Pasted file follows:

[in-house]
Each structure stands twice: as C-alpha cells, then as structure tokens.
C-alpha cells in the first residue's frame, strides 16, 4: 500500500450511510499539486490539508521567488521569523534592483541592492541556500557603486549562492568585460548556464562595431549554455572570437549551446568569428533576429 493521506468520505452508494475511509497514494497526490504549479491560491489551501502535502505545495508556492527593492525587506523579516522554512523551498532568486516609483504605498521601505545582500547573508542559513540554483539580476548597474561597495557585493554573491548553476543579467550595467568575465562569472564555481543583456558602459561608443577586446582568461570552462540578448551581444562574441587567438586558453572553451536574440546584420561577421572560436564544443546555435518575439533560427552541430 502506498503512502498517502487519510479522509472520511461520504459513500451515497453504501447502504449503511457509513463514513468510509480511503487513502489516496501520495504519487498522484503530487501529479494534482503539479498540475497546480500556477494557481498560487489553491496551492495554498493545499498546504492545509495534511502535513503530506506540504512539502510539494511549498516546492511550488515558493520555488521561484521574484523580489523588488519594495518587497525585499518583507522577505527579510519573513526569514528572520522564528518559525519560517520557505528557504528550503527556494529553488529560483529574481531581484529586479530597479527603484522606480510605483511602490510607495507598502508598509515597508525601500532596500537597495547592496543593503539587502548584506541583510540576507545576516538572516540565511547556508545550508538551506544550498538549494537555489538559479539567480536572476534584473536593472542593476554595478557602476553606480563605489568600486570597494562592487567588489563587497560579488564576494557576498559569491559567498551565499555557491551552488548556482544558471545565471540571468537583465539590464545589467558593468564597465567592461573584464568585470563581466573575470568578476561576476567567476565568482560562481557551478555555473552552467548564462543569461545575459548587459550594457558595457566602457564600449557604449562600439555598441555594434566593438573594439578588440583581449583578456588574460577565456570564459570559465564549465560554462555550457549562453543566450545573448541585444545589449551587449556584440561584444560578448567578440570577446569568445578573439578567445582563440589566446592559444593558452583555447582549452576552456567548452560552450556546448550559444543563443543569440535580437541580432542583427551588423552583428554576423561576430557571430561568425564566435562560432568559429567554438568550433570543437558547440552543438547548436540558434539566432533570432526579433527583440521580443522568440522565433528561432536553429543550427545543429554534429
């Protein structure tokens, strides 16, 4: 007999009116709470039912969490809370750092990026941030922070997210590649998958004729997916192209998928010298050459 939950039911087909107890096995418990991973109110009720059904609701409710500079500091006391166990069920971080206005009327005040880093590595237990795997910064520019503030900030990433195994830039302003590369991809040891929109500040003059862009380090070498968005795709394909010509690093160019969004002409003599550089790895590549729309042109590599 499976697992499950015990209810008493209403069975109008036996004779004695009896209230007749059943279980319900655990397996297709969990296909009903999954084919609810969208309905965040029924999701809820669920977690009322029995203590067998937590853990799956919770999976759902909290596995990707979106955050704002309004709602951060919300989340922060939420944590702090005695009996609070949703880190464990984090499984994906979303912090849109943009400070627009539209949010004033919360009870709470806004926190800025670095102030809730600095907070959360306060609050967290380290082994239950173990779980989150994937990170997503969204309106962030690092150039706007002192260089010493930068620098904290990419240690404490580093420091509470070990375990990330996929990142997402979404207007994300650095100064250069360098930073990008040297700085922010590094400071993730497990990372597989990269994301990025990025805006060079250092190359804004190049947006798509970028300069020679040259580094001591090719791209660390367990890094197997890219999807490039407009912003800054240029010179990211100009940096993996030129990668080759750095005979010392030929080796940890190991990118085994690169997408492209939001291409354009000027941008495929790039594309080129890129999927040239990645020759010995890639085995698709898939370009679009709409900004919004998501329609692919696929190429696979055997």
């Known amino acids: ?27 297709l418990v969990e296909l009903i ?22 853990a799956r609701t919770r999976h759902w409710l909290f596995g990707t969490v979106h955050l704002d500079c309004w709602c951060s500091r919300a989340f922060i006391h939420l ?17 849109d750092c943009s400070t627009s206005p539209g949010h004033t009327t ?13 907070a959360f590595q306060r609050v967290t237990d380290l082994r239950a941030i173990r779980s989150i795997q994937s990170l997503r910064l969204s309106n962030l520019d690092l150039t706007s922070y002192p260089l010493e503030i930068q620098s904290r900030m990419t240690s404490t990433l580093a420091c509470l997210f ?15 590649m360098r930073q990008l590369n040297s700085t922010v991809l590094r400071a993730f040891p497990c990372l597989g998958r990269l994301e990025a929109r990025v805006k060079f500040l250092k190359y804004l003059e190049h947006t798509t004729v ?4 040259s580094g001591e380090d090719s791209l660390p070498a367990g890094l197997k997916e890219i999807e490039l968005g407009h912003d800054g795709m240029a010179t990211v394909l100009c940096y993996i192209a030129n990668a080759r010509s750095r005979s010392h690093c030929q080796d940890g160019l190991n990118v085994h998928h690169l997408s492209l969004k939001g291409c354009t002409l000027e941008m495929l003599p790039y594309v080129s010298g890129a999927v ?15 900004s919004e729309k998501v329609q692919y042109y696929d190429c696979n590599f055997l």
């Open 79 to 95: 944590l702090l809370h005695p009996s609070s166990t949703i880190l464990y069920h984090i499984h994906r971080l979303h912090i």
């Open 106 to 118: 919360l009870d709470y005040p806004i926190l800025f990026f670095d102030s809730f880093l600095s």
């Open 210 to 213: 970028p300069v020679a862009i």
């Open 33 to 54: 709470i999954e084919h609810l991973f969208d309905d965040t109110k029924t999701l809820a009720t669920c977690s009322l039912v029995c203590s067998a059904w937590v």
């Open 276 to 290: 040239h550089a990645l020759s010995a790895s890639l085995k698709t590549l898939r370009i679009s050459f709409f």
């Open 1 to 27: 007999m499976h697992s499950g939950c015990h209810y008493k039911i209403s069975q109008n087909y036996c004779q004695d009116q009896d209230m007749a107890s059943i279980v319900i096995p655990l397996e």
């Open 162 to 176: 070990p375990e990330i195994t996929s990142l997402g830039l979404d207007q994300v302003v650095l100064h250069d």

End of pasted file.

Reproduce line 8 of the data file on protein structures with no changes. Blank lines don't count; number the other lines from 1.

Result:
């Open 210 to 213: 970028p300069v020679a862009i």